"Did she send you to tell me so?"

"She does not know of my coming," replied Mr. King. "I have told you that my acquaintance with Miss Royal is very slight. But you will recollect that I met her in the freshness of her young life, when she was surrounded by all the ease and elegance that a father's wealth and tenderness could bestow; and it was unavoidable that her subsequent misfortunes should excite my sympathy. She has never told me anything of her own history, but from others I know all the particulars. It is not my purpose to allude to them; but after suffering all she has suffered, now that she has bravely made a standing-place for herself, and has such an arduous career before her, I appeal to your sense of honor, whether it is generous, whether it is manly, to do anything that will increase the difficulties of her position."

"It is presumptuous in you, sir, to come here to teach me what is manly," rejoined Fitzgerald.

"I merely presented the case for the verdict of your own conscience," answered his visitor; "but I will again take the liberty to suggest for your consideration, that if you persecute this unfortunate young lady with professions you know are unwelcome, it must necessarily react in a very unpleasant way upon your own reputation, and consequently upon the happiness of your family."

"You mistook your profession, sir. You should have been a preacher," said Fitzgerald, with a sarcastic smile. "I presume you propose to console the lady for her misfortunes; but let me tell you, sir, that whoever attempts to come between me and her will do it at his peril."

"I respect Miss Royal too much to hear her name used in any such discussion," replied Mr. King. "Good morning, sir."

"The mean Yankee!" exclaimed the Southerner, as he looked after him. "If he were a gentleman he would have challenged me, and I should have met him like a gentleman; but one doesn't know what to do with such cursed Yankee preaching."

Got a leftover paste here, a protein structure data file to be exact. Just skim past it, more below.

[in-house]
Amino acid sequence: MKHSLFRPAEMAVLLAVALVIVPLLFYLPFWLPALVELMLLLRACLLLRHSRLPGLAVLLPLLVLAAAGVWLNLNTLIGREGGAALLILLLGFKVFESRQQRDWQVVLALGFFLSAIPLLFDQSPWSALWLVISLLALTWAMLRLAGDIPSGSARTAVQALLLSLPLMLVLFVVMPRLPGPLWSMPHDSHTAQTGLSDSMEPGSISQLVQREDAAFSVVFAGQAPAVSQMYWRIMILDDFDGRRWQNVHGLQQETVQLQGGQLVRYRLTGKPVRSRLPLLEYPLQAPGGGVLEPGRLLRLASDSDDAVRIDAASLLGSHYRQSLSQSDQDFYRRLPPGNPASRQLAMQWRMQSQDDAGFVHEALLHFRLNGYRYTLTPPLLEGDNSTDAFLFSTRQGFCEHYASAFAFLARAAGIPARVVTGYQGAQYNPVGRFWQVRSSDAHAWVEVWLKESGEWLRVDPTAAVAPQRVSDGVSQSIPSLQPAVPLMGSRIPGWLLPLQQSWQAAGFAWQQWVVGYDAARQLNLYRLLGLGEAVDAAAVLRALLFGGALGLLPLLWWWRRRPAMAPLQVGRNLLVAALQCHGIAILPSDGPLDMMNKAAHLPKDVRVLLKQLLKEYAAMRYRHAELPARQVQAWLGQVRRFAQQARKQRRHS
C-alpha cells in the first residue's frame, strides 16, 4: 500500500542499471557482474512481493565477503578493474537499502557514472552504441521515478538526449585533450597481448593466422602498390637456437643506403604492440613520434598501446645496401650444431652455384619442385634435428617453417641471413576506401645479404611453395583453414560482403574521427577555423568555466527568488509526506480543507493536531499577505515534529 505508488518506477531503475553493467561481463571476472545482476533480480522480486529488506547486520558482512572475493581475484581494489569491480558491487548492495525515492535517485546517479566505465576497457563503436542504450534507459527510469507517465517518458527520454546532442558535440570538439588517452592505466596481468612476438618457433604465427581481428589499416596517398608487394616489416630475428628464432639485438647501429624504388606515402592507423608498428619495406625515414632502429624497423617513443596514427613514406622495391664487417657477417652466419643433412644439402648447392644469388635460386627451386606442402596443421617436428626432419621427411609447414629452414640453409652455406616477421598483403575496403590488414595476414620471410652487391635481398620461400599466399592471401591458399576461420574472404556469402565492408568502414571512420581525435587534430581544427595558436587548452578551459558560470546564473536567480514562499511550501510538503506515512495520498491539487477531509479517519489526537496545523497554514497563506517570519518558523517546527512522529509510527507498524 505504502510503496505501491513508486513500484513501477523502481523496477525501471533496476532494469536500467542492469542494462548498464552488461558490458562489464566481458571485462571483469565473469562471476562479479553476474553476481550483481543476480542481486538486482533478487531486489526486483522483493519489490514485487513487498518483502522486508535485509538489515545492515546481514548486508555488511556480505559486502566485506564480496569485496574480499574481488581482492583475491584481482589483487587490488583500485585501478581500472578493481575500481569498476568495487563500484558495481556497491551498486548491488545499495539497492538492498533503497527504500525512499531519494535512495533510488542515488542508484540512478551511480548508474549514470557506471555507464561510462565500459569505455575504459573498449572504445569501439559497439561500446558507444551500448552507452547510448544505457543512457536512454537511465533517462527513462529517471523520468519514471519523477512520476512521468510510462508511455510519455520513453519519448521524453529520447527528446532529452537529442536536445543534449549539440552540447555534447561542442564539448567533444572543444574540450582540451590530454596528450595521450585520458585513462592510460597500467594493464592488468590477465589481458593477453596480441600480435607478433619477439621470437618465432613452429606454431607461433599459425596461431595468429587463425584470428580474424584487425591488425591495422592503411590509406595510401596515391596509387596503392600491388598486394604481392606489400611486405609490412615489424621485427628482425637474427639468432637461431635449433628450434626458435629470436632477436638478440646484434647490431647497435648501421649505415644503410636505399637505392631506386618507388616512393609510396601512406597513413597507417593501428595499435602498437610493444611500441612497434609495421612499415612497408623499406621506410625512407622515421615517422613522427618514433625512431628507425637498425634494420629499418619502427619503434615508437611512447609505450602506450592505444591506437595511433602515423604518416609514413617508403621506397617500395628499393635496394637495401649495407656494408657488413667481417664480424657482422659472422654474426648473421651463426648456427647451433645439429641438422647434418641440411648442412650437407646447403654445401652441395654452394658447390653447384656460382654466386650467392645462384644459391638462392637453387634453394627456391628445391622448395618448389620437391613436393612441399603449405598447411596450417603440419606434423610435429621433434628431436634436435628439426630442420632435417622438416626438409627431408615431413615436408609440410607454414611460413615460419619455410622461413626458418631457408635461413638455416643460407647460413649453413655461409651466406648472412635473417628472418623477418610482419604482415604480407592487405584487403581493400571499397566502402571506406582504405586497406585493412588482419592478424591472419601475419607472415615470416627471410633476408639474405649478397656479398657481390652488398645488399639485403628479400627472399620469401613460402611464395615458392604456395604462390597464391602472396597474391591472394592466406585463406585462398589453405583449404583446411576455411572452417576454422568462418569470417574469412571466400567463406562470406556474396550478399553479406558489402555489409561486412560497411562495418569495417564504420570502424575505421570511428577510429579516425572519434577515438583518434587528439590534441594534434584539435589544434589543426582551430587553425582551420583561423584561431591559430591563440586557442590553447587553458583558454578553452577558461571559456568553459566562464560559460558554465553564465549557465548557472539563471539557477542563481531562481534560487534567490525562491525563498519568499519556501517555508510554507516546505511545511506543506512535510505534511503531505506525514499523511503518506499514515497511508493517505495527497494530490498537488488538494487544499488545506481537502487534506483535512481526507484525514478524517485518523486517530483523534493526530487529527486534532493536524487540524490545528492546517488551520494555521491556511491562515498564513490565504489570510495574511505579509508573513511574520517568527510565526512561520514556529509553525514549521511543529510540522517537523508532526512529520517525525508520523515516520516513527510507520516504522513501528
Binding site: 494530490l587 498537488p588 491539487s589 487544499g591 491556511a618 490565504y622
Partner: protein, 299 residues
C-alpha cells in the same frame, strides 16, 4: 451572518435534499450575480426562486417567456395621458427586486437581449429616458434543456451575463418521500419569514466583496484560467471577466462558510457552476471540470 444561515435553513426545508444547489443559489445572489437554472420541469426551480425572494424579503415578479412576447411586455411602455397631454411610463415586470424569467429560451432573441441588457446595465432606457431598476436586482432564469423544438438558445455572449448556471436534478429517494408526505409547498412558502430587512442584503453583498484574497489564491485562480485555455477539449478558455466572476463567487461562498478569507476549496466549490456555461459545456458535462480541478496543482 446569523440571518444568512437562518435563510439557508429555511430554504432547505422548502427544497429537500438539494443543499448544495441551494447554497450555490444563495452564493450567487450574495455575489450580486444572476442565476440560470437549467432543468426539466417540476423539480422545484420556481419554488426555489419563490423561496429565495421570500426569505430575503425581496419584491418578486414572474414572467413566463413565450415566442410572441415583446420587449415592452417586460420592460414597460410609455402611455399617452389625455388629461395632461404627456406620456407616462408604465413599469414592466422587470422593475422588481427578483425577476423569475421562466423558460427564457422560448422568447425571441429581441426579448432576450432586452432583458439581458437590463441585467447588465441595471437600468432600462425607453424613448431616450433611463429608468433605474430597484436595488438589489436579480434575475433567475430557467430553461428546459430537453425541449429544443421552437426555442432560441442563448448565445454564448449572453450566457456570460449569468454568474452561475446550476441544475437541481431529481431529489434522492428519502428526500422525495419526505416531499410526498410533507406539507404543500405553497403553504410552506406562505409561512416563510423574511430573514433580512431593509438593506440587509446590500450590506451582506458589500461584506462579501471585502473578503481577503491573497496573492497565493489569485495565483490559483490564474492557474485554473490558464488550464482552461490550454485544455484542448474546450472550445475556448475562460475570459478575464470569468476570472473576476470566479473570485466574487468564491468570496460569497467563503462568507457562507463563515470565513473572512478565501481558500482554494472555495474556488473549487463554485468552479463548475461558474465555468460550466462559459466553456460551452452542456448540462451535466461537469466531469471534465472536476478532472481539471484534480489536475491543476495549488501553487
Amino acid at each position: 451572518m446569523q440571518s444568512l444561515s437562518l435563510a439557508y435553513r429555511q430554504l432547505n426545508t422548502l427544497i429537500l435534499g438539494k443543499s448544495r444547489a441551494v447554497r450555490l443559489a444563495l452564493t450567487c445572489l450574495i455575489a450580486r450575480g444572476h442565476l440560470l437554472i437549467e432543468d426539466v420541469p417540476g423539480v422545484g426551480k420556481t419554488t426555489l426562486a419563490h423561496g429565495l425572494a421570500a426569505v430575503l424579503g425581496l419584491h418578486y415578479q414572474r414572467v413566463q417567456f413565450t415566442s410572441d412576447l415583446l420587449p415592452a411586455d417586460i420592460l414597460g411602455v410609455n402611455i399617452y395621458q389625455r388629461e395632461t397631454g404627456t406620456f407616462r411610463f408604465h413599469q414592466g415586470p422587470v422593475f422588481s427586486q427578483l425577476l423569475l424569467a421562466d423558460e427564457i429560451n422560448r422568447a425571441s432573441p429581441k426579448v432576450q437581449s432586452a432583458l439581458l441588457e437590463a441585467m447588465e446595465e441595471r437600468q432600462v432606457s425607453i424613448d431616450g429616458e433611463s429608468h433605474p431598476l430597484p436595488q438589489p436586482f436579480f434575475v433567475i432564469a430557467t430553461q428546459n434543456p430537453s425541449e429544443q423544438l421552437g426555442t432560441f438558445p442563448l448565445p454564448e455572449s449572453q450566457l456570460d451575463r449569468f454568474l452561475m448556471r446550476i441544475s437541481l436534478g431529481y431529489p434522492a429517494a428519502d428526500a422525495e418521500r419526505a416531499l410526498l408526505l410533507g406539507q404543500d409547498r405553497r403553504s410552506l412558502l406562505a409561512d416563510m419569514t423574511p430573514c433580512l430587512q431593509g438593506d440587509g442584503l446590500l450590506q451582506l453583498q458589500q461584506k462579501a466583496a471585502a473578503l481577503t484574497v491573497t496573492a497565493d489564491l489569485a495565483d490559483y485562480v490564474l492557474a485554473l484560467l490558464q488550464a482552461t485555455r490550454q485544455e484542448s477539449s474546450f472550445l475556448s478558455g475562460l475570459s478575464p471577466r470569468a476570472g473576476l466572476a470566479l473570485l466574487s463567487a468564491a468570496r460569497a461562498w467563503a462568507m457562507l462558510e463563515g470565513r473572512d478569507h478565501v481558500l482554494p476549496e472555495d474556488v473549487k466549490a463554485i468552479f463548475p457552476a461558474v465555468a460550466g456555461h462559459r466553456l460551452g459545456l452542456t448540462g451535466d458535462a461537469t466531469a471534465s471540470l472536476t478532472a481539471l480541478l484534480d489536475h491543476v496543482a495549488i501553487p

He was in a very perturbed state of mind. Rosabella had, in fact, made a much deeper impression on him than any other woman had ever made. And now that he saw her the bright cynosure of all eyes, fresh fuel was heaped on the flickering flame of his expiring passion. Her disdain piqued his vanity, while it produced the excitement of difficulties to be overcome. He was exasperated beyond measure, that the beautiful woman who had depended solely upon him should now be surrounded by protectors. And if he could regain no other power, he was strongly tempted to exert the power of annoyance. In some moods, he formed wild projects of waylaying her, and carrying her off by force. But the Yankee preaching, much as he despised it, was not without its influence. He felt that it would be most politic to keep on good terms with his rich wife, who was, besides, rather agreeable to him. He concluded, on the whole, that he would assume superiority to the popular enthusiasm about the new prima donna; that he would coolly criticise her singing and her acting, while he admitted that she had many good points. It was a hard task he undertook; for on the stage Rosabella attracted him with irresistible power, to which was added the magnetism of the admiring audience. After the first evening, she avoided looking at the box where he sat; but he had an uneasy satisfaction in the consciousness that it was impossible she could forget he was present and watching her.

The day after the second appearance of the Seńorita Campaneo, Mrs.

Delano was surprised by another call from the Fitzgeralds.

"Don't think we intend to persecute you," said the little lady. "We merely came on business. We have just heard that you were to leave Rome very soon; but Mr. Green seemed to think it couldn't be so soon as was said."